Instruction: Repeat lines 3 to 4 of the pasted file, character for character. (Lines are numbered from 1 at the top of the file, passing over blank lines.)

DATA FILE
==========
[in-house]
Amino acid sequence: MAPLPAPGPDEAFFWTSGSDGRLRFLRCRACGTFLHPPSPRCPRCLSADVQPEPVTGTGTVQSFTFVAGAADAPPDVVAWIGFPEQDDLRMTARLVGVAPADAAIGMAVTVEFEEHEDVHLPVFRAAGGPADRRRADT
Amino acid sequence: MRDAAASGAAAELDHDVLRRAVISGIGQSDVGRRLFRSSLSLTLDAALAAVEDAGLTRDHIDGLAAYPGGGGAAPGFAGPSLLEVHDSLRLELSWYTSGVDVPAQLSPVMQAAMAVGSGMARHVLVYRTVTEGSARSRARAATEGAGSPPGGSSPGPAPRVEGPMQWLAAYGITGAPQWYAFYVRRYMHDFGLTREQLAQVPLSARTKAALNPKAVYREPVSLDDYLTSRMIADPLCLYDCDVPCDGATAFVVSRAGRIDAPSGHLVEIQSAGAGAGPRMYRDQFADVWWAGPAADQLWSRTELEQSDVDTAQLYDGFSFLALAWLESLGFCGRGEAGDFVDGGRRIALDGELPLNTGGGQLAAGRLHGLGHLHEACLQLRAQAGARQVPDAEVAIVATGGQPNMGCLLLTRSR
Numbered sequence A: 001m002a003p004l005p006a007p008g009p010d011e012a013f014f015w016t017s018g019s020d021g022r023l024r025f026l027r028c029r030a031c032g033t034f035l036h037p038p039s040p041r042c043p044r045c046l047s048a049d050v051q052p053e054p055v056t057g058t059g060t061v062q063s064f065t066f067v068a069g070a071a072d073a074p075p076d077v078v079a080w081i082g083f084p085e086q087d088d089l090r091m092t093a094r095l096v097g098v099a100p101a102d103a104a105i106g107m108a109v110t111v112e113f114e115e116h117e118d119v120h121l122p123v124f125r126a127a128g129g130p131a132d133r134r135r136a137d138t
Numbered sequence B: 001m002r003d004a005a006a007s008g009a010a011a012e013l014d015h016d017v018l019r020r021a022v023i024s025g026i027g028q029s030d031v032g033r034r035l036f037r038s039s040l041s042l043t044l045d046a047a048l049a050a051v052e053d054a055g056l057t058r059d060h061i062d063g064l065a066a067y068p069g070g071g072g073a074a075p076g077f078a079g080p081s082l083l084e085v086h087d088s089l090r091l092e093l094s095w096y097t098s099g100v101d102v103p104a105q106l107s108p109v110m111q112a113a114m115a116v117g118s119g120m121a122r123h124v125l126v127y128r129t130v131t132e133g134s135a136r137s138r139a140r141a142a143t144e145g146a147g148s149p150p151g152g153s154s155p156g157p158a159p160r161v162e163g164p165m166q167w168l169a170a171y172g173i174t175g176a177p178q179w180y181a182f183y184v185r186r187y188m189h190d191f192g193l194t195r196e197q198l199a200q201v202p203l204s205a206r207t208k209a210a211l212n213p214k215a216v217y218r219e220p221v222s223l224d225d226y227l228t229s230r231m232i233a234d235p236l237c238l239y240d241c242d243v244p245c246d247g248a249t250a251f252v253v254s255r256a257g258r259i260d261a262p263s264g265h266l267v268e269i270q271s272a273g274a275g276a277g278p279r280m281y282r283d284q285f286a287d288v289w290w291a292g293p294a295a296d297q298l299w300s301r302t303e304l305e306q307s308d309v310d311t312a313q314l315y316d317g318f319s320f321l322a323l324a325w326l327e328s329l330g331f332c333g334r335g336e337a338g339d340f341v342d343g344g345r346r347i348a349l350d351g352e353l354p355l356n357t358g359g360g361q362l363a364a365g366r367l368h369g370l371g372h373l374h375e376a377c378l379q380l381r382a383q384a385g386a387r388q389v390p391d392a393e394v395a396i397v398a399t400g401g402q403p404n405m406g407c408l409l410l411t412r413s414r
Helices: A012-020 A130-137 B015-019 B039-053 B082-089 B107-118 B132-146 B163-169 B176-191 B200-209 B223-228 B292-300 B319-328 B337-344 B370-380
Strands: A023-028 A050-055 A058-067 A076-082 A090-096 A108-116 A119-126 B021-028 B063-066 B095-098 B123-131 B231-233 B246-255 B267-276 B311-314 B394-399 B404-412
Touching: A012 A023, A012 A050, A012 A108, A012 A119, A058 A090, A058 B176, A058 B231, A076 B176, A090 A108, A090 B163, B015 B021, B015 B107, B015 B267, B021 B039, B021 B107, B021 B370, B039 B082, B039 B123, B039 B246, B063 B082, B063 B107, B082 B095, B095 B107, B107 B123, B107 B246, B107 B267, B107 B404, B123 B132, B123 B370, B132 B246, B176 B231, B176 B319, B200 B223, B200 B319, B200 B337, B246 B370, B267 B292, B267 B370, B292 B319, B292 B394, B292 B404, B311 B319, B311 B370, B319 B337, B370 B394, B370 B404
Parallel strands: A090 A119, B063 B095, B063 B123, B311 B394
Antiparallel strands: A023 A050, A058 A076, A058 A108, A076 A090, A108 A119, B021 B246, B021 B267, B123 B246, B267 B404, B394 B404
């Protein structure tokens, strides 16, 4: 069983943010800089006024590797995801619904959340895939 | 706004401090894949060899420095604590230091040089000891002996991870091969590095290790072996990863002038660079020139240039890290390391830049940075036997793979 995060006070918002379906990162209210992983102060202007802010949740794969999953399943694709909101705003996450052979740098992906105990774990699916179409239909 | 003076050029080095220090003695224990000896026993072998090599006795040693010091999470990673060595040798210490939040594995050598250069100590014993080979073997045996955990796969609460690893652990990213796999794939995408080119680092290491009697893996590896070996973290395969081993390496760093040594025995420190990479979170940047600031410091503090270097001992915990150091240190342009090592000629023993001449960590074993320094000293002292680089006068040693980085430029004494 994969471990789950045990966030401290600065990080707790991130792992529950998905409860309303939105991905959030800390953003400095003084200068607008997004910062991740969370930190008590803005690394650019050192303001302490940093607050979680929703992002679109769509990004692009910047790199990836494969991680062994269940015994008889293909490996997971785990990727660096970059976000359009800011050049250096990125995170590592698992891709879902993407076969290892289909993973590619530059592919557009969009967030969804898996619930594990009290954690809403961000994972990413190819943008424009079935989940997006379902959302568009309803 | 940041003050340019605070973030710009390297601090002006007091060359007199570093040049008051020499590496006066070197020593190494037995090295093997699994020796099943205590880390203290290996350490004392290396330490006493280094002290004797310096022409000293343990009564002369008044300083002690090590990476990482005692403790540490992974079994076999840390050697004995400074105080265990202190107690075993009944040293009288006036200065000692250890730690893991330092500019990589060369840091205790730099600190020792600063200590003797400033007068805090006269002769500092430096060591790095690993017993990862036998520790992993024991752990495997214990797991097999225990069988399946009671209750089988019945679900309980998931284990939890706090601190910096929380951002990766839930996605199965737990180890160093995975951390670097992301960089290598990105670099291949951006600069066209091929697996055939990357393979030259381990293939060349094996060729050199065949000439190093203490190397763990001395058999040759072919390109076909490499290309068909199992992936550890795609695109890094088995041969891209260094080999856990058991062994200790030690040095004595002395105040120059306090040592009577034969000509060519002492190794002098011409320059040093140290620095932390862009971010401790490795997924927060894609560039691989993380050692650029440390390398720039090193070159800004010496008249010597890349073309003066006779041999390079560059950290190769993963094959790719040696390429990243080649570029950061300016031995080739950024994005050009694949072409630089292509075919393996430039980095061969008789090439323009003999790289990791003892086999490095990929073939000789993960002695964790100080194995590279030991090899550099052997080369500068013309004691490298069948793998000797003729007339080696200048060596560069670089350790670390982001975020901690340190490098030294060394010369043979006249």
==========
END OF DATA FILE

Amino acid sequence: MRDAAASGAAAELDHDVLRRAVISGIGQSDVGRRLFRSSLSLTLDAALAAVEDAGLTRDHIDGLAAYPGGGGAAPGFAGPSLLEVHDSLRLELSWYTSGVDVPAQLSPVMQAAMAVGSGMARHVLVYRTVTEGSARSRARAATEGAGSPPGGSSPGPAPRVEGPMQWLAAYGITGAPQWYAFYVRRYMHDFGLTREQLAQVPLSARTKAALNPKAVYREPVSLDDYLTSRMIADPLCLYDCDVPCDGATAFVVSRAGRIDAPSGHLVEIQSAGAGAGPRMYRDQFADVWWAGPAADQLWSRTELEQSDVDTAQLYDGFSFLALAWLESLGFCGRGEAGDFVDGGRRIALDGELPLNTGGGQLAAGRLHGLGHLHEACLQLRAQAGARQVPDAEVAIVATGGQPNMGCLLLTRSR
Numbered sequence A: 001m002a003p004l005p006a007p008g009p010d011e012a013f014f015w016t017s018g019s020d021g022r023l024r025f026l027r028c029r030a031c032g033t034f035l036h037p038p039s040p041r042c043p044r045c046l047s048a049d050v051q052p053e054p055v056t057g058t059g060t061v062q063s064f065t066f067v068a069g070a071a072d073a074p075p076d077v078v079a080w081i082g083f084p085e086q087d088d089l090r091m092t093a094r095l096v097g098v099a100p101a102d103a104a105i106g107m108a109v110t111v112e113f114e115e116h117e118d119v120h121l122p123v124f125r126a127a128g129g130p131a132d133r134r135r136a137d138t